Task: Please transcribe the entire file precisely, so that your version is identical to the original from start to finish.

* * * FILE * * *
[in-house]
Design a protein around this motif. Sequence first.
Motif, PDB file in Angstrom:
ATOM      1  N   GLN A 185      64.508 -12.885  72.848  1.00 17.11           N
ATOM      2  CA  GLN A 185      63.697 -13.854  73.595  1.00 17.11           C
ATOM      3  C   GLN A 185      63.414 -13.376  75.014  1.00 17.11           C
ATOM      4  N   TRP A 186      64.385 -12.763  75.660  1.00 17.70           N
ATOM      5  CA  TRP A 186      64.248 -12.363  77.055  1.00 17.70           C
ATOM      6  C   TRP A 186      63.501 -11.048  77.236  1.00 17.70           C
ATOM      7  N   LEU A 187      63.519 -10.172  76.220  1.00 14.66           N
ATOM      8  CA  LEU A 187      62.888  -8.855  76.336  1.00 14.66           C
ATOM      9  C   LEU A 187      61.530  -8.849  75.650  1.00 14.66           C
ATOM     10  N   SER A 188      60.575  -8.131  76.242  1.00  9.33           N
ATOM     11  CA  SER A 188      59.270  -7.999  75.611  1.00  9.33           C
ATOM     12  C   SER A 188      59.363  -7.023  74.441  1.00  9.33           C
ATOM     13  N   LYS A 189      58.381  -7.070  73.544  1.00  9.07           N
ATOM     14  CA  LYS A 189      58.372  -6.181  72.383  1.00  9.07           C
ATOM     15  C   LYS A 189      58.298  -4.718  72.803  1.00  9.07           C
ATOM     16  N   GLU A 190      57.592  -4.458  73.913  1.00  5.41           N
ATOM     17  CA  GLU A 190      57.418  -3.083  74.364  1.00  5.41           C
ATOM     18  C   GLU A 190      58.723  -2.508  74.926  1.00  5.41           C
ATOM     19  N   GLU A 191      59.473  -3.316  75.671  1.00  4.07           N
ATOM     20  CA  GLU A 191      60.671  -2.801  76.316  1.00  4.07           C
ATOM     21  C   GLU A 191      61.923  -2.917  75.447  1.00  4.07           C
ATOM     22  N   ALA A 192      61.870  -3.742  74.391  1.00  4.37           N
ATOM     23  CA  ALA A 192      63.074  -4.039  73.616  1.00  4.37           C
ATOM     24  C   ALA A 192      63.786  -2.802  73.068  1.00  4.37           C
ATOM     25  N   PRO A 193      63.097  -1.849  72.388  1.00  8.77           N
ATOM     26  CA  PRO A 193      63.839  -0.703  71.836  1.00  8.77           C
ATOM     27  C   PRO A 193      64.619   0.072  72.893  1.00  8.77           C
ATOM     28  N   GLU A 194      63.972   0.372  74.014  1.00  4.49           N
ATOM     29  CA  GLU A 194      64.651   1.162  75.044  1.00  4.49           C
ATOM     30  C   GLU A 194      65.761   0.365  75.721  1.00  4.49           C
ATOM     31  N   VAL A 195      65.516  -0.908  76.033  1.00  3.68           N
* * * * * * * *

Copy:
[in-house]
Design a protein around this motif. Sequence first.
Motif, PDB file in Angstrom:
ATOM      1  N   GLN A 185      64.508 -12.885  72.848  1.00 17.11           N
ATOM      2  CA  GLN A 185      63.697 -13.854  73.595  1.00 17.11           C
ATOM      3  C   GLN A 185      63.414 -13.376  75.014  1.00 17.11           C
ATOM      4  N   TRP A 186      64.385 -12.763  75.660  1.00 17.70           N
ATOM      5  CA  TRP A 186      64.248 -12.363  77.055  1.00 17.70           C
ATOM      6  C   TRP A 186      63.501 -11.048  77.236  1.00 17.70           C
ATOM      7  N   LEU A 187      63.519 -10.172  76.220  1.00 14.66           N
ATOM      8  CA  LEU A 187      62.888  -8.855  76.336  1.00 14.66           C
ATOM      9  C   LEU A 187      61.530  -8.849  75.650  1.00 14.66           C
ATOM     10  N   SER A 188      60.575  -8.131  76.242  1.00  9.33           N
ATOM     11  CA  SER A 188      59.270  -7.999  75.611  1.00  9.33           C
ATOM     12  C   SER A 188      59.363  -7.023  74.441  1.00  9.33           C
ATOM     13  N   LYS A 189      58.381  -7.070  73.544  1.00  9.07           N
ATOM     14  CA  LYS A 189      58.372  -6.181  72.383  1.00  9.07           C
ATOM     15  C   LYS A 189      58.298  -4.718  72.803  1.00  9.07           C
ATOM     16  N   GLU A 190      57.592  -4.458  73.913  1.00  5.41           N
ATOM     17  CA  GLU A 190      57.418  -3.083  74.364  1.00  5.41           C
ATOM     18  C   GLU A 190      58.723  -2.508  74.926  1.00  5.41           C
ATOM     19  N   GLU A 191      59.473  -3.316  75.671  1.00  4.07           N
ATOM     20  CA  GLU A 191      60.671  -2.801  76.316  1.00  4.07           C
ATOM     21  C   GLU A 191      61.923  -2.917  75.447  1.00  4.07           C
ATOM     22  N   ALA A 192      61.870  -3.742  74.391  1.00  4.37           N
ATOM     23  CA  ALA A 192      63.074  -4.039  73.616  1.00  4.37           C
ATOM     24  C   ALA A 192      63.786  -2.802  73.068  1.00  4.37           C
ATOM     25  N   PRO A 193      63.097  -1.849  72.388  1.00  8.77           N
ATOM     26  CA  PRO A 193      63.839  -0.703  71.836  1.00  8.77           C
ATOM     27  C   PRO A 193      64.619   0.072  72.893  1.00  8.77           C
ATOM     28  N   GLU A 194      63.972   0.372  74.014  1.00  4.49           N
ATOM     29  CA  GLU A 194      64.651   1.162  75.044  1.00  4.49           C
ATOM     30  C   GLU A 194      65.761   0.365  75.721  1.00  4.49           C
ATOM     31  N   VAL A 195      65.516  -0.908  76.033  1.00  3.68           N